IT Requirements Are Captured, Clarified, Confirmed and Managed
A couple of posts ago, I initiated a discussion on “good” versus “bad” business requirements. In that post, I also introduced the stages in the life cycle of an IT requirement, namely IT requirements in the wild, captured, clarified, confirmed, and, finally, managed. I promised back then to continue that discussion, so in the spirit of New Year’s Resolutions and Kept Promises, this post is for you.
We left off with some examples of what we considered reasonably good requirements in the “Captured” stage. Just so you don’t have to dig out that old issue to reread the examples, here they are:
- Sales needs to be able to see which contracts will be expiring within the upcoming 90 days.
- I want the system to automatically calculate sales taxes based on relevant sales tax laws.
- The website visitor won’t need to click more than once to get to the order page from any other page on the site.
- We need to be able to respond to a code red incident anywhere on the planet within 24 hours.
If I now repeated all of the rules that got us here, that would make this article a total copy of the previous one, so if you want to review the rules, you will have to take the time to dig out that old issue and reread it. Meanwhile, I am going to take it from there.
On Clarifying IT Requirements
IT Requirements clarification is really all about making sure that more than one person (i.e., the author) fully understands what the requirement means. IT Requirements are, after all, a means of communication, so unless both the creator and the reader of the requirement agree on what it actually means, it can not call itself a clear requirement.
Just as a good for instance, let’s take the first requirement from the set above:
“Sales needs to be able to see which contracts will be expiring within the upcoming 90 days.”
Makes perfect sense to me, after all, I wrote it. What does it mean to the developers (whether they are sitting in a third world country or a cube next to me, whether or not they speak English as their native tongue, and whether or not they share a cultural background with me)? What kinds of questions could those developers have?
An Exercise in Clarity
As an exercise in your analytic abilities, you might at this point want to take two minutes to see how many questions you can think of that you would like answered to make sure that you understand my intent and not just your interpretation of my words. Whether you write them down or not, count them. In this case, quantity counts.
All right, here is my two-minute list:
- Who or what are “Sales”? What can they do? What will they do with whatever I give them?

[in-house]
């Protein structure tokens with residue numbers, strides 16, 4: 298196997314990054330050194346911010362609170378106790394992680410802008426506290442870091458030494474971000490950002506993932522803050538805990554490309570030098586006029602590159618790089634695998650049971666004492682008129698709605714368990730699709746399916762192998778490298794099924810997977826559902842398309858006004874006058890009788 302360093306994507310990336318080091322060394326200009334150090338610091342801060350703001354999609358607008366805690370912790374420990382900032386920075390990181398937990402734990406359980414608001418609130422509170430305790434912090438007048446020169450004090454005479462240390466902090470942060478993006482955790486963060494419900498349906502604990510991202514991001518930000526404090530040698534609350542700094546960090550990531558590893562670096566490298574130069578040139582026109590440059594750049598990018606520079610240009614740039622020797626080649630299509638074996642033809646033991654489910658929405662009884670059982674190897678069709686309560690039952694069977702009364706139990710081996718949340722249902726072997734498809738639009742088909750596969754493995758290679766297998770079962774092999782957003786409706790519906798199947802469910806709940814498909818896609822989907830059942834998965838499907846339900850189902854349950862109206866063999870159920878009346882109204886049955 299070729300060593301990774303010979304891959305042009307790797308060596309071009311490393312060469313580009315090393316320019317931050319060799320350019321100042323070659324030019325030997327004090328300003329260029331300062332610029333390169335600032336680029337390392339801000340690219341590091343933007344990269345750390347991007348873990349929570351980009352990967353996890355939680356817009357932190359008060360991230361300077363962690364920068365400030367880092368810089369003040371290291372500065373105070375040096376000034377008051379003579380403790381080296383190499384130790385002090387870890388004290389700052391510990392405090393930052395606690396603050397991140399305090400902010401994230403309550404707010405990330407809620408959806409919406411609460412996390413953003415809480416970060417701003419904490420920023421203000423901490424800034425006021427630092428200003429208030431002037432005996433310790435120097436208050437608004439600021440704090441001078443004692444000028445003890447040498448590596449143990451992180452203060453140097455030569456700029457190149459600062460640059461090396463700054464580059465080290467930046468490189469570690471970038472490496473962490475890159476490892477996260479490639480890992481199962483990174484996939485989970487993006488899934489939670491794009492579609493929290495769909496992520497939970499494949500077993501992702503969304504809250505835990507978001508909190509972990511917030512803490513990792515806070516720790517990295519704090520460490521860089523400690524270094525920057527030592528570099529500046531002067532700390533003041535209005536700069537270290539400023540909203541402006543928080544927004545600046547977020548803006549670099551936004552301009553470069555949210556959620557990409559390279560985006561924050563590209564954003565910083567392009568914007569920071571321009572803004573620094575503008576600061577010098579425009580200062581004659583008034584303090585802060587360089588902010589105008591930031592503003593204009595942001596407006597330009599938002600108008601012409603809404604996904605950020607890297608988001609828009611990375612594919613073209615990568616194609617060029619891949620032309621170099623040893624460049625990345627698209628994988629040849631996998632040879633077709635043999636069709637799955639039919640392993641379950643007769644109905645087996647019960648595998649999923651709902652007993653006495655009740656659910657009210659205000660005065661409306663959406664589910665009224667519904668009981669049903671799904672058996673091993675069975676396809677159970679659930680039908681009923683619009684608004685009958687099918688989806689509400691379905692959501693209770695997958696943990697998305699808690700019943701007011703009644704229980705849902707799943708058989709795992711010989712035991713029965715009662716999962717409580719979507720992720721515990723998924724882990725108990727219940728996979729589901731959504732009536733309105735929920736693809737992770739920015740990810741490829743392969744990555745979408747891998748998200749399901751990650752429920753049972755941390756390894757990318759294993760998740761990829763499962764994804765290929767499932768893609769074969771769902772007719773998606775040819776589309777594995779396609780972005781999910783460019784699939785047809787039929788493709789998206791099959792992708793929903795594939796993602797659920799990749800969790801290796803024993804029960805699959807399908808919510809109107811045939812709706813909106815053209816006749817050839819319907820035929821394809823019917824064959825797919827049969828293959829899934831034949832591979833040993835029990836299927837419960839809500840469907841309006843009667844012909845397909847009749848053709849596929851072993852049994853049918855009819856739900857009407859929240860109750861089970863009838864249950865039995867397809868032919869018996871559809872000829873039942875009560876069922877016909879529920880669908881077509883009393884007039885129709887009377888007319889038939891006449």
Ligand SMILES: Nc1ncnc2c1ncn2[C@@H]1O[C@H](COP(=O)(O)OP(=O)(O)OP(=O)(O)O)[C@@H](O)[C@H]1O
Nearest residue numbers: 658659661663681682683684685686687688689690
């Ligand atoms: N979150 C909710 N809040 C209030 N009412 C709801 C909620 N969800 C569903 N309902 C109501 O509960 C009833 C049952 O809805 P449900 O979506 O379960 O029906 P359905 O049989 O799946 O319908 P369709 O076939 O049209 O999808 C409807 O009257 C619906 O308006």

- What does “to see” mean? Do they need the physical contracts or just a list?
- What constitutes a contract?
- What makes a contract “expire” and why do they care?
- Upcoming 90 days? Starting from when? Does this view change day-by-day or weekly or monthly or hourly or what?
- Come to think of it, what constitutes a day in this context, 24 hours (a day in a single location) or the global day (and is that 47 hours or how does that work, anyway)?
OK, those are the first 6 (or however many you want to count) questions that hit my feeble mind, but remember, I am the author! You can probably do much better because you look at the world from your perspective. All of this indicates that, although the requirement was clear to me when I wrote it, it may just have some subjectivity that needs to be resolved lest it lead us to develop the wrong solution.
When Does It Ever Stop?
Let’s consider what we just did. We took one sentence and created a bunch of questions that will lead to who knows how many more sentences, each of which will consist of terms that need clarification. Sounds like a classic example of analysis paralysis to me. How does it end, when do we finally know enough to stop dithering around and start developing the solution?
Great question! Actually, quite possibly THE question for business analysts everywhere. The most expensive answer is, of course, to build the solution and then see whether or not you understood the requirements correctly (which could have a negative impact on your chances for a career in information technology).
The best answer our industry has come up with to date is the old Chinese quote, “A picture is worth a thousand words”. In other words, draw a diagram or create a prototype of what you think works and test your understanding of it. If you and your counterparts (Subject Matter Experts, a.k.a. SMEs on the one side and the developers on the other) are versed in modeling techniques, a good exercise is to have each side draw a quick diagram (process model, data model, swimlane diagram, whatever) of what they understand the requirement to mean and then compare models. I would show you an example, but that would officially exceed the scope of this segment in our continuing series “Good vs. Bad Business Requirements”.
Give It Your Best Shot.
Since this article has gotten rather lengthy, I recommend you try that diagramming thing out for yourself. You can try it on my sample requirements (above) or on REAL requirements from your project. If you can’t get a SME or a developer to work with you, grab a colleague and try it out. You just may be amazed at what comes out.
Thank you for an excellent question. Unfortunately, there is no iron-clad test that proves you have asked all questions. The best method I can suggest is to avoid parroting back the same words the SME uses but try to find other words that mean the same thing. If you and the other party use different words and phrases but agree that they are truly synonyms that convey the identical meaning, your requirements are about as clear as they will get until the solution is developed.
So what are the criteria of clear requirement? When can I be sure, that I’ve asked all questions?